Barramundi - north east coast monitoring

Biological monitoring update

There are six genetic stocks (Keenan,1994) of barramundi along the Queensland coast. This fact sheet provides results for biological monitoring for the north east coast barramundi stock (see Map).

Since 2007, commercial and recreational fishers, and seafood wholesalers have been assisting with the collection of length, sex and age data of fish being retained from this fishery. To estimate the age of fish, otoliths (ear bones) are removed from the head of fish. The otoliths are set in resin so that thin sections can be cut and examined under a microscope. This technique enables a clearer view of the annual bands for this species. The number of bands indicate the fish's age.

The sustainability of our barramundi fisheries is evaluated regularly with the assistance of the biological data gathered by this program. Catch and effort information from commercial fishing logbooks and surveys of recreational fishers also plays an important role in these assessments.

© Queensland Government

Monitoring results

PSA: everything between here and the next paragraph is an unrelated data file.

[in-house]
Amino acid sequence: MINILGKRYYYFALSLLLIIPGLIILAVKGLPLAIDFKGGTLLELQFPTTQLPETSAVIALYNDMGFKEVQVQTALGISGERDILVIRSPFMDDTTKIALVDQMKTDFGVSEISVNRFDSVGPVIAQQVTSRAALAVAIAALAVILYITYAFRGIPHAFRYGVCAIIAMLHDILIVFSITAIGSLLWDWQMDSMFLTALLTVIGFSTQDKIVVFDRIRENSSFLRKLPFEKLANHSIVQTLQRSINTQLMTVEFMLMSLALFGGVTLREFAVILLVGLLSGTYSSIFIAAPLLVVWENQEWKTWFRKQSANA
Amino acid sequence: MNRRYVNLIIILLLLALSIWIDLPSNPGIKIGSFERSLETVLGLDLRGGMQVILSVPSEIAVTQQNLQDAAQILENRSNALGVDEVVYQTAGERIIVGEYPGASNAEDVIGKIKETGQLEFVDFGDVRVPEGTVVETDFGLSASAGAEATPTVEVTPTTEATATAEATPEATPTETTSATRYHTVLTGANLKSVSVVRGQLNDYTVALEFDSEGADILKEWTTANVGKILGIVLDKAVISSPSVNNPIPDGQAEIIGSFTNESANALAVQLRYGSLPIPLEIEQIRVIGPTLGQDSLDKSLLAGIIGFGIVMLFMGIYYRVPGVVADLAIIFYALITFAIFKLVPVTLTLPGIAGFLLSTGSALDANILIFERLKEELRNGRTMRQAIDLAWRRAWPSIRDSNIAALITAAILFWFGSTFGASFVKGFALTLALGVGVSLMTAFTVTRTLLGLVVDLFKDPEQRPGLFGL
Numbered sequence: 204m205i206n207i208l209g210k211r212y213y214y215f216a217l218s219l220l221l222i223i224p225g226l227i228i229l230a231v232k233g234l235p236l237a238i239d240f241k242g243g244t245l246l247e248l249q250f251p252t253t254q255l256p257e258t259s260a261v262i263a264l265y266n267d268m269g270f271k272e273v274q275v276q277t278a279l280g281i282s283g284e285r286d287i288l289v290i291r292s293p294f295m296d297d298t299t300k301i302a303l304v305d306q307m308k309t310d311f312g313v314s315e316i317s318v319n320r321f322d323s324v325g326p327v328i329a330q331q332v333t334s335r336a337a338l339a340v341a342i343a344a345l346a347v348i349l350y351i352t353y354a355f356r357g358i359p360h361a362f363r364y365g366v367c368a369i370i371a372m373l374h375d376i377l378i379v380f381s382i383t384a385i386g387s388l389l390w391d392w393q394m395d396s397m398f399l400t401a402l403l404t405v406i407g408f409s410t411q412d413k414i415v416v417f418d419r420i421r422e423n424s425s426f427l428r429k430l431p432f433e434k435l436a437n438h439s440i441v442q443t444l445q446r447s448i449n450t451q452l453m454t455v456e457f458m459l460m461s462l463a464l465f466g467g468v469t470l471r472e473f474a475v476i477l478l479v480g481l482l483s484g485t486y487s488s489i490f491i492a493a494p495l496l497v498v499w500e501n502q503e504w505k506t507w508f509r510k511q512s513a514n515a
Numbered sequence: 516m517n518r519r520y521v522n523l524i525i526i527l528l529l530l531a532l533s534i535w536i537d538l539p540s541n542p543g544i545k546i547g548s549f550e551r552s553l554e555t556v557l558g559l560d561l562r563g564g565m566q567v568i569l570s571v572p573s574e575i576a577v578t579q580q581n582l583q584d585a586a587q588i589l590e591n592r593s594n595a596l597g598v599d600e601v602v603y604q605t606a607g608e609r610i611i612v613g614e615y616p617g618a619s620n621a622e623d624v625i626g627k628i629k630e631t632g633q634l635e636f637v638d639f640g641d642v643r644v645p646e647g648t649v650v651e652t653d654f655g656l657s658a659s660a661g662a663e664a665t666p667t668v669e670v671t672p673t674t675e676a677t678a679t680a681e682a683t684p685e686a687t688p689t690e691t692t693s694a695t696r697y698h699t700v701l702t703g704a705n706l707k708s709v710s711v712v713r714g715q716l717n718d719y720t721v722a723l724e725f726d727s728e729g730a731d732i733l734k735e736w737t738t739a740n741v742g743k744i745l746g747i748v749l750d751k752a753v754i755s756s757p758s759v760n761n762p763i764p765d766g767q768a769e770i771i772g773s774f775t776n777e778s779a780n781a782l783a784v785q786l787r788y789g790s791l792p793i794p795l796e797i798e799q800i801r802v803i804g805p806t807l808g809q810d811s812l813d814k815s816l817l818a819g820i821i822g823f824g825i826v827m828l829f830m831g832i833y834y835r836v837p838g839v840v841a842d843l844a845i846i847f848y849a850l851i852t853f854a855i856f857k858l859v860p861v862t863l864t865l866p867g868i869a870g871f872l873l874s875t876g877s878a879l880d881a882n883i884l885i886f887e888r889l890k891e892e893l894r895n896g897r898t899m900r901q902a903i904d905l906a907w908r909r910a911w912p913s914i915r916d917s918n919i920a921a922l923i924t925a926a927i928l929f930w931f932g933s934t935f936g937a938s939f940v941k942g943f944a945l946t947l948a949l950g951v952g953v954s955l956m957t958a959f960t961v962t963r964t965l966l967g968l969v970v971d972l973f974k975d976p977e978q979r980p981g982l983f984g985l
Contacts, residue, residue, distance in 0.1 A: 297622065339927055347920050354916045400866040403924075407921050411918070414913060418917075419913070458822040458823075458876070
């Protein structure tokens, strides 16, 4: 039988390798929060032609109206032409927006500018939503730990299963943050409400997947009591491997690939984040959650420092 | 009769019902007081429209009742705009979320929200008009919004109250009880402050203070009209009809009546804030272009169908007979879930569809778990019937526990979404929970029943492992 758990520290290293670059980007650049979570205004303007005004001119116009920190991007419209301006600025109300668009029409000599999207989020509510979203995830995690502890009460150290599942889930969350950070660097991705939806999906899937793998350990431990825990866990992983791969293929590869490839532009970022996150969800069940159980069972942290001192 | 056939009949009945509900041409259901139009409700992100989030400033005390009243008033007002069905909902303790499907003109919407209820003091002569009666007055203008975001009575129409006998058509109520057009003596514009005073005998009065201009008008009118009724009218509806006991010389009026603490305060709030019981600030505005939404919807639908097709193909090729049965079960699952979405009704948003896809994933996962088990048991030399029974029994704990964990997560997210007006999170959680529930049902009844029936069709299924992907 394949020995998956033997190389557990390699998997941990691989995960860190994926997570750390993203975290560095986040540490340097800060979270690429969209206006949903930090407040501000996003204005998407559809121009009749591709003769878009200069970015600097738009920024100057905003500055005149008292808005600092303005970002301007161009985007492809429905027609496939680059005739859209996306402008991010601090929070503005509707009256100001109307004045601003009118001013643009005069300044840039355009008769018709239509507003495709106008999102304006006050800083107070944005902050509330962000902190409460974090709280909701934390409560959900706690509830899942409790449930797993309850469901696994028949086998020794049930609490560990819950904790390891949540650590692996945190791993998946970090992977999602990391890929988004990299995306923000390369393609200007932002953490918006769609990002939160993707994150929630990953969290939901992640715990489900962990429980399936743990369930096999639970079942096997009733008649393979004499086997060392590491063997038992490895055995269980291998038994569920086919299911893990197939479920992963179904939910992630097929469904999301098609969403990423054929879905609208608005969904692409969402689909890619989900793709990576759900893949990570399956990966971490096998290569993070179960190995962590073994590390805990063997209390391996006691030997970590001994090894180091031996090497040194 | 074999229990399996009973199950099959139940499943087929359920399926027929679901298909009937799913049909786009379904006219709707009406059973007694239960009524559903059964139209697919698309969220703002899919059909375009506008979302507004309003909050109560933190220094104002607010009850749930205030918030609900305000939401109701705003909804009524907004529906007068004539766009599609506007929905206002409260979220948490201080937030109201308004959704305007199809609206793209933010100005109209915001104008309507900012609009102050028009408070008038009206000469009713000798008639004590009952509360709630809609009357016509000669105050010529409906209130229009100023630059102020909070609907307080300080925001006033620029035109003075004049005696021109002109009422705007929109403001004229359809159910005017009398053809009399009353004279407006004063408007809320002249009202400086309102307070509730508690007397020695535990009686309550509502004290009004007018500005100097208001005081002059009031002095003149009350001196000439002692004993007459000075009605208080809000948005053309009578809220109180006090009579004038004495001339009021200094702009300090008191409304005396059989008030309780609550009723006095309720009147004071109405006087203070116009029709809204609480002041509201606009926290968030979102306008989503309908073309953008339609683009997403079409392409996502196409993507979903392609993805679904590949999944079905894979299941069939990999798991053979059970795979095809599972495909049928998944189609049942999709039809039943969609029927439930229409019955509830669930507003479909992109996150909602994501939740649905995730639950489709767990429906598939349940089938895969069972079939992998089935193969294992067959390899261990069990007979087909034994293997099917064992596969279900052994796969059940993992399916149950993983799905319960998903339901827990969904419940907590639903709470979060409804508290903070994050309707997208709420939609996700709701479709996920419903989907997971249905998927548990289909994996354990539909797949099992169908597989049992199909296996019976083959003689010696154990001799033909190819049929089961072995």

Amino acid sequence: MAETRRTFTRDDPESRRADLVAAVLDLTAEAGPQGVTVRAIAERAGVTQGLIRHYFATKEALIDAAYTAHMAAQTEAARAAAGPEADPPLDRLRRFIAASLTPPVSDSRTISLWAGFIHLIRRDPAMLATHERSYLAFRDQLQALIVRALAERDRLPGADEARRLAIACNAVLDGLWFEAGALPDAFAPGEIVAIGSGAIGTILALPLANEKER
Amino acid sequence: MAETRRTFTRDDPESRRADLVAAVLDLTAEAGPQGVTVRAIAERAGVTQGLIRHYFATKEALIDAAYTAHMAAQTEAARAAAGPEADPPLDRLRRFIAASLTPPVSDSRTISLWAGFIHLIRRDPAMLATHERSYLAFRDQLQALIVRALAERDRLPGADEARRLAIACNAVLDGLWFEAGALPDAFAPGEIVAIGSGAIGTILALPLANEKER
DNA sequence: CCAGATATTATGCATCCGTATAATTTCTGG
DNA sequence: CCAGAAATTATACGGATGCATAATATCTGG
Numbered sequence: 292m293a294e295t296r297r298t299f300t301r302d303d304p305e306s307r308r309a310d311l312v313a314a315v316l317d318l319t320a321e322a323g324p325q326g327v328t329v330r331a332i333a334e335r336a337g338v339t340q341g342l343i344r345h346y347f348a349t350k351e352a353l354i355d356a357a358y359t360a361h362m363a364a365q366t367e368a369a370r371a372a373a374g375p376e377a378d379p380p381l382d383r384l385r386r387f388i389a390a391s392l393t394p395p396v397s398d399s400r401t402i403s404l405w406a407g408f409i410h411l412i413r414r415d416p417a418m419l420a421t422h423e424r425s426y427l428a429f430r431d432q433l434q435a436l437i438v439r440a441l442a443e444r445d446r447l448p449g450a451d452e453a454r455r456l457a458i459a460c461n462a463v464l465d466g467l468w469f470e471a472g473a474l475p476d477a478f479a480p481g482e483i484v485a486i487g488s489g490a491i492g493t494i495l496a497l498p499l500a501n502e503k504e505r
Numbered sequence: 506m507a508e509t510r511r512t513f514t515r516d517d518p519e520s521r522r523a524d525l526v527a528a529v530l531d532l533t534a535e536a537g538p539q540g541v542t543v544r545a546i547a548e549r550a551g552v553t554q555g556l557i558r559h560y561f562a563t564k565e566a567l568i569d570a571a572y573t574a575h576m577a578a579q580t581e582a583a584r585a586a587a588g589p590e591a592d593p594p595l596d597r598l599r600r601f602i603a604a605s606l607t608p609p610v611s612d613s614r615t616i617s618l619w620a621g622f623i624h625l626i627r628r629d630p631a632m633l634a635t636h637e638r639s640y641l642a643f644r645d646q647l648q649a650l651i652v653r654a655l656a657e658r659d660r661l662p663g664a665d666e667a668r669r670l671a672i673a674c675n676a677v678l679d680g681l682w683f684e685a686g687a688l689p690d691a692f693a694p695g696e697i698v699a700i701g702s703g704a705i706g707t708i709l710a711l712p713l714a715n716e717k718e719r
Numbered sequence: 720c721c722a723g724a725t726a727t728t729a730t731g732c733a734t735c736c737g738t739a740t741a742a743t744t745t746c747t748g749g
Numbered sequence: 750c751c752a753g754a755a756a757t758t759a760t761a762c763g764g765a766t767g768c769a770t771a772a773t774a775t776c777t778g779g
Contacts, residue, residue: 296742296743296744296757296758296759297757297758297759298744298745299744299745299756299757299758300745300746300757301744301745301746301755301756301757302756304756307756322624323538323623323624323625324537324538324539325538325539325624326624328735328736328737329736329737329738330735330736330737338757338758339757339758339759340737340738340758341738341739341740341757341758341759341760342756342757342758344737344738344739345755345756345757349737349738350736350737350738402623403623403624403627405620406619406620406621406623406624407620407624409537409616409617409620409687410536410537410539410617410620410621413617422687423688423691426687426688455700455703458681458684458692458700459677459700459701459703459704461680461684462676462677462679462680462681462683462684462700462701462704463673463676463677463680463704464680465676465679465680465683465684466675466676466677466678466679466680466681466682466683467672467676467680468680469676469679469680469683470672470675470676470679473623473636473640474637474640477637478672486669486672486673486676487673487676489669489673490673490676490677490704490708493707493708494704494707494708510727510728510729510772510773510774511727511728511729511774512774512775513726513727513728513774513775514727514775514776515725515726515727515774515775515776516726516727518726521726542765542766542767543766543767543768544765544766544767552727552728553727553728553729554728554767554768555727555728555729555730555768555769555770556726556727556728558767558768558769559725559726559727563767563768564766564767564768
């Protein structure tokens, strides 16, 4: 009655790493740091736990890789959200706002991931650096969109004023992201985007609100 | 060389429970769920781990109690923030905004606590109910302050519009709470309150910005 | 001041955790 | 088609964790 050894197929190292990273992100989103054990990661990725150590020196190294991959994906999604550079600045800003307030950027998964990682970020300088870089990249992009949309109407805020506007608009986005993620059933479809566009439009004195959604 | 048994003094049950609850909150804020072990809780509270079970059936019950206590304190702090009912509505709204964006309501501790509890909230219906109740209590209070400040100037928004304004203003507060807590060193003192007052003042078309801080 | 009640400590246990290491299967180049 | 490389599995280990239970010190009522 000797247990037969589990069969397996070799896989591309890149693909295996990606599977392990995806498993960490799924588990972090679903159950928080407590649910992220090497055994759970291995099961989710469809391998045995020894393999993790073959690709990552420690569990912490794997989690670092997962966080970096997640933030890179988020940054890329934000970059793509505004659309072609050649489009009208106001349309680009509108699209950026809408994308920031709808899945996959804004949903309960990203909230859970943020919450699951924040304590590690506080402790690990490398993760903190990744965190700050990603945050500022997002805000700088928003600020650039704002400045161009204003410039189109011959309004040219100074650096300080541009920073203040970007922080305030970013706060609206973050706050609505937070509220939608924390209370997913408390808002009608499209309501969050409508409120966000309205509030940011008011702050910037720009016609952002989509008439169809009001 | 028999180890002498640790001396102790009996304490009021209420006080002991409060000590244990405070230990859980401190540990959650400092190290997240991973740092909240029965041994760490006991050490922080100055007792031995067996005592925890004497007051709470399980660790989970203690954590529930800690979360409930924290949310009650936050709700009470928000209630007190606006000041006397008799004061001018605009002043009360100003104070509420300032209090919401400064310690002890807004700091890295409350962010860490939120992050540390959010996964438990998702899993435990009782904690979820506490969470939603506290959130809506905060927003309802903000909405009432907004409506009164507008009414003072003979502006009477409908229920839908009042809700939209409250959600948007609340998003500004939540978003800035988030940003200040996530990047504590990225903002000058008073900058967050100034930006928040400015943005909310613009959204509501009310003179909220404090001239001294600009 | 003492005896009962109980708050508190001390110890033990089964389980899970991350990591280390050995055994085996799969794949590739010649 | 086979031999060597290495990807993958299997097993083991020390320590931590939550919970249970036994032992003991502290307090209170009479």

Barramundi can be retained by commercial and recreational fishers within the legal size range of 58 cm to 120 cm total length. However, fish over one metre are rarely harvested.

The 2015 results show a higher than usual proportion of seven and nine year-olds in the catch. These are the result of particularly strong year classes spawned in the wet seasons of 2006-2007 and 2008-2009 .

Freshwater flows, warm sea temperature and low evaporation during intense monsoonal seasons favour the breeding success and survival of juvenile barramundi (Robins et al. 2004, Balston 2009). The lack of strong year classes entering the fishery in recent years, is not surprising as the monsoon season in the tropical areas of Queensland has been mild over recent years.

Most barramundi will reach the maximum legal length by 10 years old, although some do grow slower. The oldest barramundi sampled so far from the north east coast stock was 27 years old and was caught in 2013 (Table 1). Of the 6906 north east coast barramundi aged since 2007, only eight have been greater than 20 years old.

Table 1. Fish over 20 years old recorded by the program from 2007-2015.

Age (years)Total Length (cm)Year caught

The age of a barramundi from the north east coast can be estimated using Graph 3. Look up a total length and find the corresponding age on the graph. For example, at 83 cm barramundi are likely to be five years of age, although they can easily range between three to eight years old.

Graph 3. Age-at-length graph for north east coast barramundi.
© Queensland Government